Police liability for fabricating evidence

Caldwell v. City & Cty. of S.F., No. 16-15473, 2018 U.S. App. LEXIS 12335 (9th Cir. May 11, 2018)

Mr. Caldwell spent nearly 20 years in prison for a crime that evidence later showed he did not commit. He sued the police department and individual officers for fabricating evidence against him during the investigation. Specifically, he argued that one sergeant deliberately engineered a “show-up” in order to manufacture a false identification against him, and falsified an incriminating statement against him. The sergeant and the plaintiff had a history: plaintiff had previously filed a complaint against him, during which the sergeant admitted that he had told the plaintiff that “Something’s going to happen to you because sooner or later I’m going to catch you with a gun and you and I are going to have it out. I’m going to kill you. Next time we’re going to get the drop on you.” Id. at *6. The district court agreed that claims of fabricated evidence presented a triable issue of fact, but granted summary judgment on the premise that the prosecutor’s charging decision “broke the chain of causation between the fabricated evidence and Caldwell’s injury.” Id. at *13. The Ninth Circuit reversed.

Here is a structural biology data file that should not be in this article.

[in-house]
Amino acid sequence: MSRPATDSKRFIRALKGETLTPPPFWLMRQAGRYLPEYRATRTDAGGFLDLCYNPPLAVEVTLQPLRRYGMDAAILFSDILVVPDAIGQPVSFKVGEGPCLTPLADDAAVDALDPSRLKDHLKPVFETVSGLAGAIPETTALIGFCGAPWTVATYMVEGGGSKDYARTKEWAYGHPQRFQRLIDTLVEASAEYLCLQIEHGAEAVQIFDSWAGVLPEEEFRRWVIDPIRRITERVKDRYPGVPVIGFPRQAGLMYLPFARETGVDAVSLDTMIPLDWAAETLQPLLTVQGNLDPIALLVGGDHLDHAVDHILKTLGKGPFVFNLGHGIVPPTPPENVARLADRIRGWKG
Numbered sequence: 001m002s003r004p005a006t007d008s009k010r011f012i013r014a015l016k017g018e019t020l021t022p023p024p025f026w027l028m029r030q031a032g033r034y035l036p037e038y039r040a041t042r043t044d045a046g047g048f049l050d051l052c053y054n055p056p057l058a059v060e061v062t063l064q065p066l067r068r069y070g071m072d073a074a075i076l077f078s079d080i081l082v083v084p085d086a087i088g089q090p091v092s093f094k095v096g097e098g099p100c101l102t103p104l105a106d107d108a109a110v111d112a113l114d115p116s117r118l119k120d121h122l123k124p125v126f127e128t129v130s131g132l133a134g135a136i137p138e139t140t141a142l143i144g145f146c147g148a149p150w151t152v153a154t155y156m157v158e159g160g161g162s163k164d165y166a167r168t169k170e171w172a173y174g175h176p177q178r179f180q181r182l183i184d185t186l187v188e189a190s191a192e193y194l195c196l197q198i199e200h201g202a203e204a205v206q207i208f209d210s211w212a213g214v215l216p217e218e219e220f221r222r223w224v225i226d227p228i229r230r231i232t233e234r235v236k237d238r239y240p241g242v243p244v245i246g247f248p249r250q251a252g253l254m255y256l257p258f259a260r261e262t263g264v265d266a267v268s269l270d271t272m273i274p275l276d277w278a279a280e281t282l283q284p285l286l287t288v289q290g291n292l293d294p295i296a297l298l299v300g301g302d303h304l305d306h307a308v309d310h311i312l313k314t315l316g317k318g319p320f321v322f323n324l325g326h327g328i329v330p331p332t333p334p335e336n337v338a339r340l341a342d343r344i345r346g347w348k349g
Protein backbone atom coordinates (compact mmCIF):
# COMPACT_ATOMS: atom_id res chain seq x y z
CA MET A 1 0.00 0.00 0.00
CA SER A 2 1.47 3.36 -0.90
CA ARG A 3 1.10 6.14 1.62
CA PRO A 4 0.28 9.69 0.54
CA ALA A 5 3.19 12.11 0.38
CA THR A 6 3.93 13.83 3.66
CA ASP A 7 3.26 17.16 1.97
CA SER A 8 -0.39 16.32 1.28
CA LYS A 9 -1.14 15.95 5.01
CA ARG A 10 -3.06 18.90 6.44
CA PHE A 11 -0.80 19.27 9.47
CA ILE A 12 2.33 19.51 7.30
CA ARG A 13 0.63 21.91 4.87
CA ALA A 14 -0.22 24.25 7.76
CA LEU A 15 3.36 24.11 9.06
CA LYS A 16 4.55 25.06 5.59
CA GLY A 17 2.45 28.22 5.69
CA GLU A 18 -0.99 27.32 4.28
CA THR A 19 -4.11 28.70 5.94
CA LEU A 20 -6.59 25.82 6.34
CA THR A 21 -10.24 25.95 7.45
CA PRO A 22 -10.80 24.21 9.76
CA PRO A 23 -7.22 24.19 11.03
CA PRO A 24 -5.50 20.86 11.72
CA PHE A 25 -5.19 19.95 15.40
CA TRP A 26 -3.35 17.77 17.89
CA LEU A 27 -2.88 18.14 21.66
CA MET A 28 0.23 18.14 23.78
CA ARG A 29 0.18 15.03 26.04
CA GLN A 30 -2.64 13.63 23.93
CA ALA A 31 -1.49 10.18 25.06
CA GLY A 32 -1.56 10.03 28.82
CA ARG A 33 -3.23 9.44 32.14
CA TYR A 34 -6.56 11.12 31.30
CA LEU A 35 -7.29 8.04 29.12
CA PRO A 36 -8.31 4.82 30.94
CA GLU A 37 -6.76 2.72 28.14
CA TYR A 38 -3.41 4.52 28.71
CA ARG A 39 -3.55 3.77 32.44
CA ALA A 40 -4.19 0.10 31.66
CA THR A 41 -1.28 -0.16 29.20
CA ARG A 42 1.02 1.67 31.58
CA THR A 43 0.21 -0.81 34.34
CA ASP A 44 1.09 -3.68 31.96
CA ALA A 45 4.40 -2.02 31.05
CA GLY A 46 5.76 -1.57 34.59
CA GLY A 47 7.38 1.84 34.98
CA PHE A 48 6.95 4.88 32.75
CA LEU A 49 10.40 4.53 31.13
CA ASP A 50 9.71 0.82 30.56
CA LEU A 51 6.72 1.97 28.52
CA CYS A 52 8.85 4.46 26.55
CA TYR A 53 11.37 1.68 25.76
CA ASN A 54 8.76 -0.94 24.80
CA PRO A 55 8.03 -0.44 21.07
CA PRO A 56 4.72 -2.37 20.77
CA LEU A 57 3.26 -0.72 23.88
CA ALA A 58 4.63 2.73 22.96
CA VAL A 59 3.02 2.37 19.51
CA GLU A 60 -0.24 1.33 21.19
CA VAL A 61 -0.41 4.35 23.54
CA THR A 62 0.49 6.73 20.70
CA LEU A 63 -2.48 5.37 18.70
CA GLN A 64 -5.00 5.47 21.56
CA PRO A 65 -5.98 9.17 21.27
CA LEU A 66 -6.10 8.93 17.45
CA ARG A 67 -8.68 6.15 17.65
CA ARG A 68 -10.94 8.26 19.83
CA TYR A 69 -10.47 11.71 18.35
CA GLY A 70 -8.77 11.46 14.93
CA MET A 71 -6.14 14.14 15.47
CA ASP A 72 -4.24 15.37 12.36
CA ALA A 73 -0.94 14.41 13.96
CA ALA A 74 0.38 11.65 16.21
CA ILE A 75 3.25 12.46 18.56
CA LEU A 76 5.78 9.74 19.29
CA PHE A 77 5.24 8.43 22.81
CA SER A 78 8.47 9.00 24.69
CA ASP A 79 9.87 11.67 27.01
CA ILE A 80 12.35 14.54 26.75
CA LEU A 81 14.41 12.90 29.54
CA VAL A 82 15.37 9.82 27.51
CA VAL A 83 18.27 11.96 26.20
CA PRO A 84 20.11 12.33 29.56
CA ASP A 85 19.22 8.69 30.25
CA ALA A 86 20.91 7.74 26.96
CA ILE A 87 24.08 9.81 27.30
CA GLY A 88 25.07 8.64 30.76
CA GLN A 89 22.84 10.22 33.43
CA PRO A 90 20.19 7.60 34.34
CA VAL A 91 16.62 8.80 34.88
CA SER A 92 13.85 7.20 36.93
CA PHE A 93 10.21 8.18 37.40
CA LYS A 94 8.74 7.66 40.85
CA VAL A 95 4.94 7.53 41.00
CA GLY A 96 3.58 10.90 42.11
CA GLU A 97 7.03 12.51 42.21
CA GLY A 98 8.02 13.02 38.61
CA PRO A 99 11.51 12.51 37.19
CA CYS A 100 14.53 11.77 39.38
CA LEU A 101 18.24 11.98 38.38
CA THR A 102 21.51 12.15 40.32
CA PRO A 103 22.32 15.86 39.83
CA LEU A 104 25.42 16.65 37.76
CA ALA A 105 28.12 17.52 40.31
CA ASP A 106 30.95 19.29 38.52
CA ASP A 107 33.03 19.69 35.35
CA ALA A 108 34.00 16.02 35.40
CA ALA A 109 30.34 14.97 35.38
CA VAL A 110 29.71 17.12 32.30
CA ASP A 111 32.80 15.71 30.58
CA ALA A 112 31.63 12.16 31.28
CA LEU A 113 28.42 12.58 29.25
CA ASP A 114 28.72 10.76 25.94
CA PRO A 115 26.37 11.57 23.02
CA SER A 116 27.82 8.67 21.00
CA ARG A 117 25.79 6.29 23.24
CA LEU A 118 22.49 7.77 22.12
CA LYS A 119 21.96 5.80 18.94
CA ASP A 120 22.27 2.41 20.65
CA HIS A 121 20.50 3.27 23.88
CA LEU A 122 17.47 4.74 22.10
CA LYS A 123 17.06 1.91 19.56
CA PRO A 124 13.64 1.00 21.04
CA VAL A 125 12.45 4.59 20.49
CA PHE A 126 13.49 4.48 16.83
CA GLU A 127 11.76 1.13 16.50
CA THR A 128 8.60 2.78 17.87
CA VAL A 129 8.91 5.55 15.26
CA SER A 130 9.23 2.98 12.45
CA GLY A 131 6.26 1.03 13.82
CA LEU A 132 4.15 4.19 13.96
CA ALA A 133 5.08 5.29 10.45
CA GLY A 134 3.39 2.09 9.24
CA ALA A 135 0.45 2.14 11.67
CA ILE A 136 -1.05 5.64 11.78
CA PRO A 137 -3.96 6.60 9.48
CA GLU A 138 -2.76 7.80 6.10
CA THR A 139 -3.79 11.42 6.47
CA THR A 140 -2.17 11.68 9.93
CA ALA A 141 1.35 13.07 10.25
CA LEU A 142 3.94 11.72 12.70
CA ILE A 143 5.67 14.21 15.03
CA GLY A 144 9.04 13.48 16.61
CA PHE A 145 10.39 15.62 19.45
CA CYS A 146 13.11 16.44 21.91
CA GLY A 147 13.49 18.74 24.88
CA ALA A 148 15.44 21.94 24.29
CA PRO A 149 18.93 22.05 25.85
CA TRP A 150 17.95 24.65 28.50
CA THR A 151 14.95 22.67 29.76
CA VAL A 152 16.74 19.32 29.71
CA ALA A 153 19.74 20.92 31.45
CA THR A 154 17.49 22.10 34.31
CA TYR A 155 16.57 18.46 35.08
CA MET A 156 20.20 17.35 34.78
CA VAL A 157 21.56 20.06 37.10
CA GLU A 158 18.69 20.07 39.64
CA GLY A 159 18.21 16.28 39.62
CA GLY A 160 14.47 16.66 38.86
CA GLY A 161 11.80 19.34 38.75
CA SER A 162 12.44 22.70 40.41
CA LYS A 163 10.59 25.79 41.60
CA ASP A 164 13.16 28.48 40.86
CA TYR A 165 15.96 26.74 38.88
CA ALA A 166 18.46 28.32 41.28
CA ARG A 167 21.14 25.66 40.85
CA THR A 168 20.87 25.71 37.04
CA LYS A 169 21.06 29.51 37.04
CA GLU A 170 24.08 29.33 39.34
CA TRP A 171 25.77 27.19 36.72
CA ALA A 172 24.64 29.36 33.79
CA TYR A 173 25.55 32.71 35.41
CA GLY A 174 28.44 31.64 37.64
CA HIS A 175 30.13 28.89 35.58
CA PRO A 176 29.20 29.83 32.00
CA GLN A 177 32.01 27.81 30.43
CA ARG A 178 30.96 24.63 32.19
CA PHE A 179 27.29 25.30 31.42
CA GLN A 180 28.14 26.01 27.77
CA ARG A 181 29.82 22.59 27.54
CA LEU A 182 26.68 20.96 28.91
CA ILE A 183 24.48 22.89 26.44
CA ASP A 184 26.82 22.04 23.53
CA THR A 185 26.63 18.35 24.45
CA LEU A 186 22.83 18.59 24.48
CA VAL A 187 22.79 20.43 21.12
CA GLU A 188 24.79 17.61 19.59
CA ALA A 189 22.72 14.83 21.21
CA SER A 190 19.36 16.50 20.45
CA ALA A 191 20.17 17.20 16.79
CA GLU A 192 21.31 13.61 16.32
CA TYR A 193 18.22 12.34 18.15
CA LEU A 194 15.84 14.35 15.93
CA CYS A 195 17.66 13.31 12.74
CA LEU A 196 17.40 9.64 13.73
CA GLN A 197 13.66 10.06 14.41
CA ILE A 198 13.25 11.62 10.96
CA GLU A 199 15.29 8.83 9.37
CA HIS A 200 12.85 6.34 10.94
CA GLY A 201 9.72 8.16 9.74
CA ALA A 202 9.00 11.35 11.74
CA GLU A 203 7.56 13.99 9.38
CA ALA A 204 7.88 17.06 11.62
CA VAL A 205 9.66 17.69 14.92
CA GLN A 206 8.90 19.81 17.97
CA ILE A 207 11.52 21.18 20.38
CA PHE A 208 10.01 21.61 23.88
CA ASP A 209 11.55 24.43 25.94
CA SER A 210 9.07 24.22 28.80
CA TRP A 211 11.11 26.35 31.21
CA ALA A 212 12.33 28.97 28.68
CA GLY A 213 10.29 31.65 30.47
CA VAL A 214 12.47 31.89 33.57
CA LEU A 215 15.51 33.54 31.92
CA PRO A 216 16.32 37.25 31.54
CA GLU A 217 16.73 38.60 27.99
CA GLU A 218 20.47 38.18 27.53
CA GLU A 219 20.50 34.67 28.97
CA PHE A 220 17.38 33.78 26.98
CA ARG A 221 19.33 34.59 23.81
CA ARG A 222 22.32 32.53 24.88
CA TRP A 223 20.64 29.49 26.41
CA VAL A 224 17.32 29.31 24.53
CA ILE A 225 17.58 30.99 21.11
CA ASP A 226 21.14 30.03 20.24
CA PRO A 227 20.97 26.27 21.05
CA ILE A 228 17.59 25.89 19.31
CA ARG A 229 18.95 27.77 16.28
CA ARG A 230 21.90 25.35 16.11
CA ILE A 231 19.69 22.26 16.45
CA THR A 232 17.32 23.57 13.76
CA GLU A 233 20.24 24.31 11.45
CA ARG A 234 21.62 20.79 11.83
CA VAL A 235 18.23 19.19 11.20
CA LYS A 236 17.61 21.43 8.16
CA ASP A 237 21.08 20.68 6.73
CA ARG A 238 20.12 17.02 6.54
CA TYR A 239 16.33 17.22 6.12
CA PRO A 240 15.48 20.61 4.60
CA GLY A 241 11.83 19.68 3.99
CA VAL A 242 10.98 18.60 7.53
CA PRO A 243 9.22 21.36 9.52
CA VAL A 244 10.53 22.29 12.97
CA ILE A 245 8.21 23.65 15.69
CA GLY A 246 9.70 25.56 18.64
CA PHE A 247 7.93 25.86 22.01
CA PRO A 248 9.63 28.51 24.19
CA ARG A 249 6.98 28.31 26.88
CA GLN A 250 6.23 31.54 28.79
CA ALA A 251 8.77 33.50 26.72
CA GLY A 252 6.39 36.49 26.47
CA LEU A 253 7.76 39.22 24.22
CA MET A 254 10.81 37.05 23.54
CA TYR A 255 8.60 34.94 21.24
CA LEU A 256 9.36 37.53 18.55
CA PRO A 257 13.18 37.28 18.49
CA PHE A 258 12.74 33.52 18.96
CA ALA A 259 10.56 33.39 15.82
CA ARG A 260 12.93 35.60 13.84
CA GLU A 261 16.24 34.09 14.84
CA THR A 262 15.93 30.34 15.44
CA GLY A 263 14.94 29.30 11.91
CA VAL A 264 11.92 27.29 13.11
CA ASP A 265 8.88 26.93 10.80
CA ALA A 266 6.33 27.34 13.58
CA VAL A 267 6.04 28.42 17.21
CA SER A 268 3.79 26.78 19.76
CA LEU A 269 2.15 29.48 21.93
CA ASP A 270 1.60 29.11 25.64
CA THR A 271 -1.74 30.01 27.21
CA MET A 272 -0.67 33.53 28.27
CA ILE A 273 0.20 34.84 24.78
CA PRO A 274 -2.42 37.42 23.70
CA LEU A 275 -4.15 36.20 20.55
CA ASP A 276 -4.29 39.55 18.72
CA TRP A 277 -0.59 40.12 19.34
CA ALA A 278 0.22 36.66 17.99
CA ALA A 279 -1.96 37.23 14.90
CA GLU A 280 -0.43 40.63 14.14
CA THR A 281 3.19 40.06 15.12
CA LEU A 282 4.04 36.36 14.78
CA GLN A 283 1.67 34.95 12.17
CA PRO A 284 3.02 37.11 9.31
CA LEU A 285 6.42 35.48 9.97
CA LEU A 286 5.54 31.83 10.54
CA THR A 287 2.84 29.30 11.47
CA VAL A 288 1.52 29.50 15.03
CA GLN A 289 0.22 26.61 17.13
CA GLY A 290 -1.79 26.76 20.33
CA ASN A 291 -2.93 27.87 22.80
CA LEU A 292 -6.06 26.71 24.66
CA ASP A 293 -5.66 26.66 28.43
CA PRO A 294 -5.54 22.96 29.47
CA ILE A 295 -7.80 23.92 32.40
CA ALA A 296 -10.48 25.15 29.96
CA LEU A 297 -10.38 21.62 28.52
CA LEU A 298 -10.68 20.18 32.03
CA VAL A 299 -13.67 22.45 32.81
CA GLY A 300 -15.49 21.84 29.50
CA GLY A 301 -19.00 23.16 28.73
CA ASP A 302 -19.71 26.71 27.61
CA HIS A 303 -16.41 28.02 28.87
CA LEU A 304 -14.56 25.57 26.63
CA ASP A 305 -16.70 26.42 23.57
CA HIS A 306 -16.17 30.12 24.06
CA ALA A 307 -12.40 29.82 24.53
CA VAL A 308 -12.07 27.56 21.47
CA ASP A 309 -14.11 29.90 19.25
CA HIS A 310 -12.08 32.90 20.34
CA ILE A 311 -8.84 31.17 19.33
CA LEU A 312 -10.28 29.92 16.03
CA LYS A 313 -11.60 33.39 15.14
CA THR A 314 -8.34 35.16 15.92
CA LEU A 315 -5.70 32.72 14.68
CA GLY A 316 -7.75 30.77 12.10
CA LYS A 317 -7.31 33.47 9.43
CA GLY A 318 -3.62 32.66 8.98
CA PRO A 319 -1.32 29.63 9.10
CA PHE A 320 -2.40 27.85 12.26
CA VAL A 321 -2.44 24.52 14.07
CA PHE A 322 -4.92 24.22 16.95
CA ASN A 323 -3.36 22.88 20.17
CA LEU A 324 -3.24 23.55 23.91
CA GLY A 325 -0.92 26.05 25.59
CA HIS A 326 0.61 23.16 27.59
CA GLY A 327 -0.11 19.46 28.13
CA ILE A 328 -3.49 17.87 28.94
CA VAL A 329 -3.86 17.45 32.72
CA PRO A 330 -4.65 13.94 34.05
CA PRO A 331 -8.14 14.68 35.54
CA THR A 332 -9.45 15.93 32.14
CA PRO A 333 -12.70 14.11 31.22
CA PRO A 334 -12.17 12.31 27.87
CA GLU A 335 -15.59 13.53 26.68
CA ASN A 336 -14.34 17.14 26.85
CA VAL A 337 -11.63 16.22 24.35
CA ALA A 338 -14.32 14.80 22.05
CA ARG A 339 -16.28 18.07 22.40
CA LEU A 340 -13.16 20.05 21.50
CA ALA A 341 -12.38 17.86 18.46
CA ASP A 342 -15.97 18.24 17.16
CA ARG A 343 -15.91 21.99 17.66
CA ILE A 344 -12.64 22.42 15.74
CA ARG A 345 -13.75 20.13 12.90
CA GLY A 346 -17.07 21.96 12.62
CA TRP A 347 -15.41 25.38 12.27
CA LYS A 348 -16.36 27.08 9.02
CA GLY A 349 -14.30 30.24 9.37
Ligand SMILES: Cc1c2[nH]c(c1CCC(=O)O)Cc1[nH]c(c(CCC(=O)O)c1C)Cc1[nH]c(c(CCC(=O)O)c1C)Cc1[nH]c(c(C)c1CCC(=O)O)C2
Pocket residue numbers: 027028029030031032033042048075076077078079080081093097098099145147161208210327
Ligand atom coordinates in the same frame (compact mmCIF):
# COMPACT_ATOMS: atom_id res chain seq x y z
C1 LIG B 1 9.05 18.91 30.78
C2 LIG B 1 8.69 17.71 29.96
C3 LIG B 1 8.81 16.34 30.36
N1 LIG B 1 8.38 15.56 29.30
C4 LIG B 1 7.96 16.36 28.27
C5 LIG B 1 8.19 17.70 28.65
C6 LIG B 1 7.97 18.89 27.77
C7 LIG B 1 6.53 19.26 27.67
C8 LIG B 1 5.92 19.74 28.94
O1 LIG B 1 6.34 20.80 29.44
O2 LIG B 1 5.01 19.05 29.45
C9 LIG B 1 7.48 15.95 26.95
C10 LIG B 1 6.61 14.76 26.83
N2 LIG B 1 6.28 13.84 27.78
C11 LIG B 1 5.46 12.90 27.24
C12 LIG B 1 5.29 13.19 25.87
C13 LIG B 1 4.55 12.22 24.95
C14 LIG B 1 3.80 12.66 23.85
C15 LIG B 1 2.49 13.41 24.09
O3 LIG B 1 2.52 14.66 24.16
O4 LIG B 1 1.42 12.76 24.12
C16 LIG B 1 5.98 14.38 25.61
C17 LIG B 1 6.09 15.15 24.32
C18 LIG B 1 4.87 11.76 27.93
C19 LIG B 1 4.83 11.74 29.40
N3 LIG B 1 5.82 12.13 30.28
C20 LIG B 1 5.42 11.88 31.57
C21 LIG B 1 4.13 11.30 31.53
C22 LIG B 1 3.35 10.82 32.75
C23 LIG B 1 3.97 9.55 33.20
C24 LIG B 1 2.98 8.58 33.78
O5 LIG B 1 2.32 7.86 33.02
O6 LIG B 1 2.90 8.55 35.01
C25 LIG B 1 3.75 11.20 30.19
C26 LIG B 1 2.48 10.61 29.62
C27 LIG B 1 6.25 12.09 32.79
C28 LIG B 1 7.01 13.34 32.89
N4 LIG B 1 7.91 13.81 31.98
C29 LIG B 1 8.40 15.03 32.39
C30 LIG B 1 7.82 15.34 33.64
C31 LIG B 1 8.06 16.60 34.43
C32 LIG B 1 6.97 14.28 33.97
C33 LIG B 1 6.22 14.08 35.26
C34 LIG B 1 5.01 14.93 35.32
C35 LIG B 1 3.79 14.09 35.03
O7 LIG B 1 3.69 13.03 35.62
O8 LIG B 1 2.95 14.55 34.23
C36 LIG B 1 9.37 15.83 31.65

It began with the proposition that “there is a clearly established constitutional due process right not to be subject to criminal charges on the basis of false evidence that was deliberately fabricated by the government.” Id. (citing Devereaux v. Abbey, 263 F.3d 1070, 1074 (9th Cir. 2001) (en banc)). It held that “if a plaintiff establishes that officers either presented false evidence to or withheld crucial information from the prosecutor, the plaintiff overcomes the presumption of prosecutorial independence and the analysis reverts back to a normal causation question.” Id.at *25.

The lesson for us criminal practitioners: if an investigating officer gets caught creating false evidence against our client – including “just” attributing incriminating statements to him that were never said – the client has a recognized cause of action for violation of civil rights.